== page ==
INTERNAL AND EXTERNAL FACTORS IMPINGING ON COLLISION AVOIDANCE ABILITIES: IMPLICATIONS FOR ACCIDENT RATES

Is the retinal periphery as capable of extracting time-to-contact information from an expanding image as the retinal center? To address this proposition, both male and female participants viewed a graphically generated scene which depicted one road approaching directly toward them and a second road approaching from a 40% angle to their left. A vehicle would approach the driver along either road traveling at one of three velocities and was removed while en route to the driver. Drivers were required to estimate when the approaching vehicle would have reached their position. The experiment employed a 2 x 2 x 3 design in which sex was a between-subject variable while trajectory and vehicle approach velocity within-subject variables. Results indicate the retinal periphery is less sensitive to time-to-contact information than the retinal center. In addition, it was found that vehicle approach velocity, viewing distance, and sex effect estimates of time-to-contact. The results of this study have strong implications for roadway designers who wish to decrease the amount of accidents at dangerous intersections or roadways.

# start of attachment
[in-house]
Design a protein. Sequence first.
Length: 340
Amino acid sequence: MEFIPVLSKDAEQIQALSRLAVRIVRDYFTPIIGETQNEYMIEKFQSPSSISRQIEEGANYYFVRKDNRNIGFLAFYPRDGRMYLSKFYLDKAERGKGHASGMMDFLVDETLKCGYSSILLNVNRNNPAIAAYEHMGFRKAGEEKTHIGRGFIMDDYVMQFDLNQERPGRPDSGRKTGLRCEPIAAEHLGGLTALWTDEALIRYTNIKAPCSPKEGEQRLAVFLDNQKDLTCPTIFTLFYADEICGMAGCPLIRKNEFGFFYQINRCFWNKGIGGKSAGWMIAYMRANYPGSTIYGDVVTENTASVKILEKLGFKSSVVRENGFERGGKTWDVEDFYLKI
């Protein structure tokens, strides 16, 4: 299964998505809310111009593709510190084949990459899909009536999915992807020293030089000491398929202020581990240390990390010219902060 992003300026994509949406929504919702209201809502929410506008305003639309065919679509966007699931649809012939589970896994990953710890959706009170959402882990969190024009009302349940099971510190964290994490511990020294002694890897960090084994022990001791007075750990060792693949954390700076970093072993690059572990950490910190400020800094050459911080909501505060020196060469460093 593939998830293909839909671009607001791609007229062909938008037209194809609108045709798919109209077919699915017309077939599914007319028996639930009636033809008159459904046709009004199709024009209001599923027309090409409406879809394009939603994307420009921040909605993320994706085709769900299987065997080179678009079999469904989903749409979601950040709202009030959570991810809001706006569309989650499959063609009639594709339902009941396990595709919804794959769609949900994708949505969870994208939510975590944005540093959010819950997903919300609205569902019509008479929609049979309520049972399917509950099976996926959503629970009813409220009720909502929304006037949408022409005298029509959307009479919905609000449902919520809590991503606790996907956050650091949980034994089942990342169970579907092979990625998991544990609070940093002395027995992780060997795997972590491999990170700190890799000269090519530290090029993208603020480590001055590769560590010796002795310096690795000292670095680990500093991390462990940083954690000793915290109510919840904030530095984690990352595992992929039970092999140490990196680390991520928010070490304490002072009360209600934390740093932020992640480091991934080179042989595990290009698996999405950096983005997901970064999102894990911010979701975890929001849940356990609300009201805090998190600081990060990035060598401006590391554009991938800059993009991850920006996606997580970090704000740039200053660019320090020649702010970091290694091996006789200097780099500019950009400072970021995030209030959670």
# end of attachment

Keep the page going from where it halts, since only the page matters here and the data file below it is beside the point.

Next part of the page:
Language

  • English

Media Info

  • Features: Figures;
  • Pagination: p. 973-978

Subject/Index Terms

Filing Info

  • Accession Number: 00724826
  • Record Type: Publication
  • Files: TRIS
  • Created Date: Aug 27 1996 12:00AM